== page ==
The Health Benefits of Iron Supplements

An Essential Mineral Used to Treat Anemia

Iron supplements, also known as "iron pills," are commonly used to treat anemia (a condition characterized by the lack of healthy red blood cells or hemoglobin).

Iron plays a key role in making red blood cells that transport oxygen molecules throughout the body. Iron is also needed to metabolize the nutrients we eat and convert them into energy. Moreover, it contributes to the transmission of nerve signals to and from the brain.

While you will generally get enough iron from the foods you eat, there may be times when you may experience an iron deficiency. This commonly occurs during pregnancy or heavy menstruation. Sudden blood loss, severe kidney disease, and iron-depleting drugs (such as ACE inhibitors and antibiotics) are also common causes.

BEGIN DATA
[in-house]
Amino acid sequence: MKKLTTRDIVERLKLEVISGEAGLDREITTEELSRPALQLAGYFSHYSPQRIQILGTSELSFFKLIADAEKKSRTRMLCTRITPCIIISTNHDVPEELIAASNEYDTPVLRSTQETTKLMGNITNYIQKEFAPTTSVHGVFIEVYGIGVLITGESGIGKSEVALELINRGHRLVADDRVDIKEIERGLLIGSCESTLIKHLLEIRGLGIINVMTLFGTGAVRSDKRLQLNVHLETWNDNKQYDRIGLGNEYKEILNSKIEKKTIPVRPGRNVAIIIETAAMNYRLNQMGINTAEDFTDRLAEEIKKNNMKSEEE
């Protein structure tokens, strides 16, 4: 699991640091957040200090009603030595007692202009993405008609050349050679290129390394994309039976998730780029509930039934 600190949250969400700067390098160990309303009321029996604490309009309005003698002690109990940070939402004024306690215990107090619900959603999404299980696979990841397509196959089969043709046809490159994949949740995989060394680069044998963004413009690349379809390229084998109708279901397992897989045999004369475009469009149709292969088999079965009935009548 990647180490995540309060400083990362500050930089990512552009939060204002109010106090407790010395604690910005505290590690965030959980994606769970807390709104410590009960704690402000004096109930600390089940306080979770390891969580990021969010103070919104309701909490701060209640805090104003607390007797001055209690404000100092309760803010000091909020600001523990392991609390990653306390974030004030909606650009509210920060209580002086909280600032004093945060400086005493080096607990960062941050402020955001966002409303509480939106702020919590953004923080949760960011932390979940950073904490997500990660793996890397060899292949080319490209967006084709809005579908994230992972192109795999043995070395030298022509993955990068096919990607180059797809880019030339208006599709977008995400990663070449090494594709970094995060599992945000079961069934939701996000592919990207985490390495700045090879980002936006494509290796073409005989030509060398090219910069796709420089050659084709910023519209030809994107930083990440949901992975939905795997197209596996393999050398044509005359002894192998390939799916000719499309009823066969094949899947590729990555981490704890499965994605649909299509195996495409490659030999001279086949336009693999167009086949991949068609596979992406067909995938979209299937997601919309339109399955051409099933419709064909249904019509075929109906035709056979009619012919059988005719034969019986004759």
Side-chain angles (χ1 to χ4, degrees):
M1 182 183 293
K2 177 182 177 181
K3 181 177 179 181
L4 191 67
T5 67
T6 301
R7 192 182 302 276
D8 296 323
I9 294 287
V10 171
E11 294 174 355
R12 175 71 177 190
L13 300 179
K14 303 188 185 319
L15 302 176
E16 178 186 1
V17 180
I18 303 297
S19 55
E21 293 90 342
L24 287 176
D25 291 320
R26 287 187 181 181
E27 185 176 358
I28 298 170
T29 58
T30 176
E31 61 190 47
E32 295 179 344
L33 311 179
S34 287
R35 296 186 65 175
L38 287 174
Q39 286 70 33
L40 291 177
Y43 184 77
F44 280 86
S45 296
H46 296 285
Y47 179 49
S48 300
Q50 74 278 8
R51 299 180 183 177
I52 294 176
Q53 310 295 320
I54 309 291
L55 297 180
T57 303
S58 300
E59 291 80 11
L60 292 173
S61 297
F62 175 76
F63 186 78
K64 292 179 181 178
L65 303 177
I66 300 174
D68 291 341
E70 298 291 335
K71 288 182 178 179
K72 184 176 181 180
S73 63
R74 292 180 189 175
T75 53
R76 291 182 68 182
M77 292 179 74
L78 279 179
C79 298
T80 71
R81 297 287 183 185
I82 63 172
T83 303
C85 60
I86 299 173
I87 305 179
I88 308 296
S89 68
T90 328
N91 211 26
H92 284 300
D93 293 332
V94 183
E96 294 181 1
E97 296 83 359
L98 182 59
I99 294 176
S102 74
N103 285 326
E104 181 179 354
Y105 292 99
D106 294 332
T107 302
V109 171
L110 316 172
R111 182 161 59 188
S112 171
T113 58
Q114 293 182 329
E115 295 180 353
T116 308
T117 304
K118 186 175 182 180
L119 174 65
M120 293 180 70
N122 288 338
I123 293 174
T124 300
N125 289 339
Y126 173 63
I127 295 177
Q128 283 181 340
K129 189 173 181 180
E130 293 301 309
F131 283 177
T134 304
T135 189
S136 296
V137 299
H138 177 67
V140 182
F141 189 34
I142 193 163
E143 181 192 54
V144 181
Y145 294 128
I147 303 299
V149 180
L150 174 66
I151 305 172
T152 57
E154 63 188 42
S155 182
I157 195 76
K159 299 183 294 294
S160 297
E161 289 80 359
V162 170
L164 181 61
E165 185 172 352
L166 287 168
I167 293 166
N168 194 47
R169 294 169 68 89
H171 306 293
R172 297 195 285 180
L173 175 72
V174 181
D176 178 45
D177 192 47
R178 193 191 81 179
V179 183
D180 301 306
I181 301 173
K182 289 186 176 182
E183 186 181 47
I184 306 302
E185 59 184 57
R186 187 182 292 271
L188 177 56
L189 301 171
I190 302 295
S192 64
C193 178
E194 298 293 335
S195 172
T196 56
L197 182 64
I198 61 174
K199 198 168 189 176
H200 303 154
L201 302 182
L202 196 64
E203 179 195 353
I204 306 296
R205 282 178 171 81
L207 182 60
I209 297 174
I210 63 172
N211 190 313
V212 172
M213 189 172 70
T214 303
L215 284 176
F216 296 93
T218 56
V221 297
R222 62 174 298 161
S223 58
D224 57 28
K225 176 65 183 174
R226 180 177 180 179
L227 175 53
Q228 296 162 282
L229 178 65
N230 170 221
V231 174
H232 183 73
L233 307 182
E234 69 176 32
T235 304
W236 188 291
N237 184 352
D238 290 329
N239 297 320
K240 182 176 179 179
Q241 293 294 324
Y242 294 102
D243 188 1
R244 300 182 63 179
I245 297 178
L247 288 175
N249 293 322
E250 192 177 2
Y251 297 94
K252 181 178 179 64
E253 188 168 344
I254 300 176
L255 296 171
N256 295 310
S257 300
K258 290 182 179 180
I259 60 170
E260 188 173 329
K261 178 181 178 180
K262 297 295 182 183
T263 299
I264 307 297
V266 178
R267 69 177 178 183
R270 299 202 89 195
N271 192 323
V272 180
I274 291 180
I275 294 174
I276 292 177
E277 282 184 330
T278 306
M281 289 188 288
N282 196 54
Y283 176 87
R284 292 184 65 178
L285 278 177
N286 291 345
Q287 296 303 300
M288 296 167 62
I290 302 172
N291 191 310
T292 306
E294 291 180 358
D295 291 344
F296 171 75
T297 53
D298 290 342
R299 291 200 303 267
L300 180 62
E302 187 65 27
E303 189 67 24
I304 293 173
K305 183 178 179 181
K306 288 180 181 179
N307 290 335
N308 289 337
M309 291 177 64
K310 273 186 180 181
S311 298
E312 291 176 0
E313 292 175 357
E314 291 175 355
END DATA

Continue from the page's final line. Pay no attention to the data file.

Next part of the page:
There are certain groups vulnerable to iron deficiency, including preterm infants, young children, teenage girls, and individuals with chronic heart failure, Crohn's disease, celiac disease, or ulcerative colitis. Iron supplements are also commonly prescribed to women of childbearing age to help prevent anemia.

Health Benefits

Iron supplements are used to treat iron deficiency and iron-deficiency anemia. It is not typically used to treat other types of anemia (such as vitamin-deficiency anemia, hemolytic anemia, aplastic anemia, or anemia of chronic disease) unless iron deficiency is diagnosed. The response to oral iron supplements can vary by the underlying cause.

Iron Deficiency

Iron deficiency, also known as sideropenia, is the state in which your body lacks the iron needed to maintain normal function. Iron deficiency is common in the developing world where more than a quarter of the population may be affected (mostly due to poverty and the lack of nutrition). While this is less common in the United States, it still does occur.

Iron deficiency can also occur due to physiological changes that leave you at a deficit. Iron deficiency can occur in children, for example, because their bodies grow so quickly. Starting at adolescence, a woman's iron need will increase due to her monthly menstrual cycle.